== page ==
Sunday, August 16, 2009

Disagreeing With Tozer

The great pastor/preacher A.W. Tozer has always been a great source of inspiration for me. From my first discovery of his little pamphlet, How To Be Filled With the Holy Spirit, I was hooked. That led me to other gems of his, most notably his most famous book, The Pursuit of God, and a few others. Plus, it also lead me to some of his fellow contemporaries like Dr. Leonard Ravenhill, who was just as compelling and hardcore as Tozer himself.

So, recently, when my friend offered me a chance to read another Tozer gem, I gladly accepted. The book was Tozer on Worship and Entertainment and it sounded right up my alley, the good culture seeking child that I am. And Tozer didn't disappoint. He doesn't mince words, calling out perceived evils, sins, and gaps wherever they stand. He's old school and calls it as he sees it. And that's something I appreciate, and particularly that Tozer doesn't come across as an uneducated slob either. He's well spoken and convincing.


You knew it was coming didn't you? Some of Tozer's thoughts this time out definitely cause me to pause and, well, frankly, disagree. He makes some solid challenges to the Church, calling out issues of performance that have slipped into our worship which are certainly pertinent to this day. Those issues I have no problem with. Yet, when he turns to the believer's interaction with culture, with the movies and music of the world, that's where we've got to part ways.

For sure, the interaction of faith and culture has always been a dicey, contentious area. And there are surely elements wherein we've fully dropped the ball. But Tozer takes to task the idea of "story" and I really have to disagree with him there. Tozer contends that the idea of story takes away from the Gospel itself, from the teachings of the Bible. He believes that the parishioners are more interested in hearing a good story as opposed to his hard-edged truth. And he's right and I agree. Yet, I can't believe that detracts from the beauty and the need for stories.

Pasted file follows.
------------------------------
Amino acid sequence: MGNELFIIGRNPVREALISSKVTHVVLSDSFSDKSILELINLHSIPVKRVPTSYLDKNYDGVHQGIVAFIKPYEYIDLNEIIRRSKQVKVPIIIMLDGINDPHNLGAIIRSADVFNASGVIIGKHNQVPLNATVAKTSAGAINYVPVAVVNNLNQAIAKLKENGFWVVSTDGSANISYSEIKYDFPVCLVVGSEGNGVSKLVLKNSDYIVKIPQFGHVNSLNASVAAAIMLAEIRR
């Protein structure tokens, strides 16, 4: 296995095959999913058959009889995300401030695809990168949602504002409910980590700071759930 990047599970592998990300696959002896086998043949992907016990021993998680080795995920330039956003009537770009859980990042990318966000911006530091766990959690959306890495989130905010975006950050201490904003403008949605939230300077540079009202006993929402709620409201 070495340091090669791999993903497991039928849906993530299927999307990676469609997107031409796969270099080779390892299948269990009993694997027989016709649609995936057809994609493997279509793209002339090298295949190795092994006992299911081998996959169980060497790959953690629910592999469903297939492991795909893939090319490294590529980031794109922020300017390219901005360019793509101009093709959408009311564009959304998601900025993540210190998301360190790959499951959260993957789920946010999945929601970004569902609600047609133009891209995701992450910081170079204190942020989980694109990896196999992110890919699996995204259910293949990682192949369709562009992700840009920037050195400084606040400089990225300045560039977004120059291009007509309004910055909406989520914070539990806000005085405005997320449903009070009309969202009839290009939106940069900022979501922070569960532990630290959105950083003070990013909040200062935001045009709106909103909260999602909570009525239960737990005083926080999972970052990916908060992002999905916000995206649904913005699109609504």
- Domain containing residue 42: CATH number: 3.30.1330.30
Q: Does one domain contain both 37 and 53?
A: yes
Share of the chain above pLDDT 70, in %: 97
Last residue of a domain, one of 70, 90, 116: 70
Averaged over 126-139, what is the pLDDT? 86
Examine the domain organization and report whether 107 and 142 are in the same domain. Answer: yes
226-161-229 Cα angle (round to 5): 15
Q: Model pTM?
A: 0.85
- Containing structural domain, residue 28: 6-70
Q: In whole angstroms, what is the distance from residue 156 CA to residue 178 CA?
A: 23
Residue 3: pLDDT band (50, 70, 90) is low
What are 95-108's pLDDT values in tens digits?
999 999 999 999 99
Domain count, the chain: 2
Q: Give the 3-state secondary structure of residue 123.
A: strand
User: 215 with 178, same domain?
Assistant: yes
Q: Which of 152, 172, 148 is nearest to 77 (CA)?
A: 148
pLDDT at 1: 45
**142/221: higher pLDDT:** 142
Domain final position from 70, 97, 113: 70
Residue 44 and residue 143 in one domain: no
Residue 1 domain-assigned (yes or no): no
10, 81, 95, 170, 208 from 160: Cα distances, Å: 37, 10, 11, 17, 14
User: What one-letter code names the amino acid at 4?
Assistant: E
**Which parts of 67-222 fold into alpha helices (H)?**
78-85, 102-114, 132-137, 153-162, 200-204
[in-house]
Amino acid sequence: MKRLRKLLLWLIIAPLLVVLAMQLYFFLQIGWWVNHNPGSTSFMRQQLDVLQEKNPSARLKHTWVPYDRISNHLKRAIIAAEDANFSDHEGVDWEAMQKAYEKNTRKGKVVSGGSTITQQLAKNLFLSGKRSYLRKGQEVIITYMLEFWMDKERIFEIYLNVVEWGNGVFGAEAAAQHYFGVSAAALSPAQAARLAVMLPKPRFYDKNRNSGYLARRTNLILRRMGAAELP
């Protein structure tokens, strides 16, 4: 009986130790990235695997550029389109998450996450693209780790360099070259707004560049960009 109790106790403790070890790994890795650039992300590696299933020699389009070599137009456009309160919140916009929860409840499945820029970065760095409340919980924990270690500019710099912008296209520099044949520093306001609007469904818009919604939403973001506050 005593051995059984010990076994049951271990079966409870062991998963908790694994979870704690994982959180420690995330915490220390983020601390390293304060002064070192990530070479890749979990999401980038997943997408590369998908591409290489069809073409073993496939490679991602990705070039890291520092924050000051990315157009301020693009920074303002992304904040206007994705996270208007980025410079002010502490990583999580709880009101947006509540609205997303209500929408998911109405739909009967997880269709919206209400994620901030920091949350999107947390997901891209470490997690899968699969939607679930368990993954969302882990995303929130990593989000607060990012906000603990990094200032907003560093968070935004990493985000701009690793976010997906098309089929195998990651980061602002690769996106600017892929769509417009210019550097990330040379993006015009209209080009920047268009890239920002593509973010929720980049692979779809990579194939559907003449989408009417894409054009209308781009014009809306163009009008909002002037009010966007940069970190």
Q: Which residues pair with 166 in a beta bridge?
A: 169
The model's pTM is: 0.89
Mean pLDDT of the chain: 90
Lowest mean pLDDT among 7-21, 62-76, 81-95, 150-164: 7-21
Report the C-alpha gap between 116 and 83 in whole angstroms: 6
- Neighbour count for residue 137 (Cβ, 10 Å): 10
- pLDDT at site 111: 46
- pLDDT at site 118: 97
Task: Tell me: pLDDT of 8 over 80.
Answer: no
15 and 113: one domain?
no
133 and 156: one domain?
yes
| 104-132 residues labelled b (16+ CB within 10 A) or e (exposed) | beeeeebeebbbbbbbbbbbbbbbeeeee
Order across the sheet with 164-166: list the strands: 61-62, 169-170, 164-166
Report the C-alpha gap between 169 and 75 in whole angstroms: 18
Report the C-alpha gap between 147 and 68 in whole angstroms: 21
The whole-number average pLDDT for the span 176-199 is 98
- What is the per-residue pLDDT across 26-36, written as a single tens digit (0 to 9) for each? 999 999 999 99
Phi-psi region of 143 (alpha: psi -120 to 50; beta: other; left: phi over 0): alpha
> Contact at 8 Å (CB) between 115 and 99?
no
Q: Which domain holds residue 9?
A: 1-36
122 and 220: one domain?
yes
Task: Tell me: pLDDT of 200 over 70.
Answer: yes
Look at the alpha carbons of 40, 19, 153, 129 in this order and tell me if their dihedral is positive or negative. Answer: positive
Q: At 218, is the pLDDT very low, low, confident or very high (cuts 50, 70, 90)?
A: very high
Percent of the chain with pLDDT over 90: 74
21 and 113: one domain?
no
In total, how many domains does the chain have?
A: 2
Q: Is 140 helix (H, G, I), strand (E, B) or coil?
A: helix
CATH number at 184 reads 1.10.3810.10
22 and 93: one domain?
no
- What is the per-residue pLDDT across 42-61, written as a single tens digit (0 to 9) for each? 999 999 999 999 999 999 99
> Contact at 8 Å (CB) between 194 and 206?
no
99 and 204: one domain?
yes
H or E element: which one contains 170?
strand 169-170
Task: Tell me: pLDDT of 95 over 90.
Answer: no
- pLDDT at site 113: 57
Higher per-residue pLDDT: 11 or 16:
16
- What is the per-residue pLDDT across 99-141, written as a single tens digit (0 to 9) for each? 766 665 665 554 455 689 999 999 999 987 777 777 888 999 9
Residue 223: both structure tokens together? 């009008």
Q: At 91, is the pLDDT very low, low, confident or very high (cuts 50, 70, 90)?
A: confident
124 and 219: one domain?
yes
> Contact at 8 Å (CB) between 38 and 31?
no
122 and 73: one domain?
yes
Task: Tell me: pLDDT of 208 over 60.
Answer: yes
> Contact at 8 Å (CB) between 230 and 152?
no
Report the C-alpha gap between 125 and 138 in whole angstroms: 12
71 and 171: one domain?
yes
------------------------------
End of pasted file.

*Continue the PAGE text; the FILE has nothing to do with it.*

Consider our own Bible. Essentially, the Bible is just that, a collection of stories. It's the tale of God's interaction and overarching love for His creation, as they rise and fall and rise again, all due to His grace. And these stories encourage us, they challenge us, and in many cases, they convict us, leading us to salvation. And it's near impossible to detract from the truth that Jesus Himself utilized the power of story as a key to his own teaching. Clearly, story has a place in the life of the believer.

Stories draw us in. Stories challenge us. Stories invite us. We need the power of story.


  1. I agree. I think stories can communicate that "hard-edged truth" just as potently as a sermon. Furthermore, there are occasions when the lens of story allows us to see things more clearly than if we were simply looking at data and forced to draw conclusions.

    I've never actually read anything by Tozer, so I can question his logic (nor would I presume to).

  2. Excuse me, I meant to say "can't question his logic."

  3. I'm a big fan of Tozer - his radical frankness and grasp of spiritual things is great.
    ....but Jesus didn't call us 'fishers of men' without reason - and that, Mr. T, involves bait.

  4. Even more so than bait, I just think there's an element of honesty, of art, and so many other things that go out the window when we relegate ourselves to "the Word" alone. I don't mean to say that the Bible is not sufficient, but as creative created beings, I believe our call is to present the story of God, our stories, in the best way possible. And that can only truly be done through story...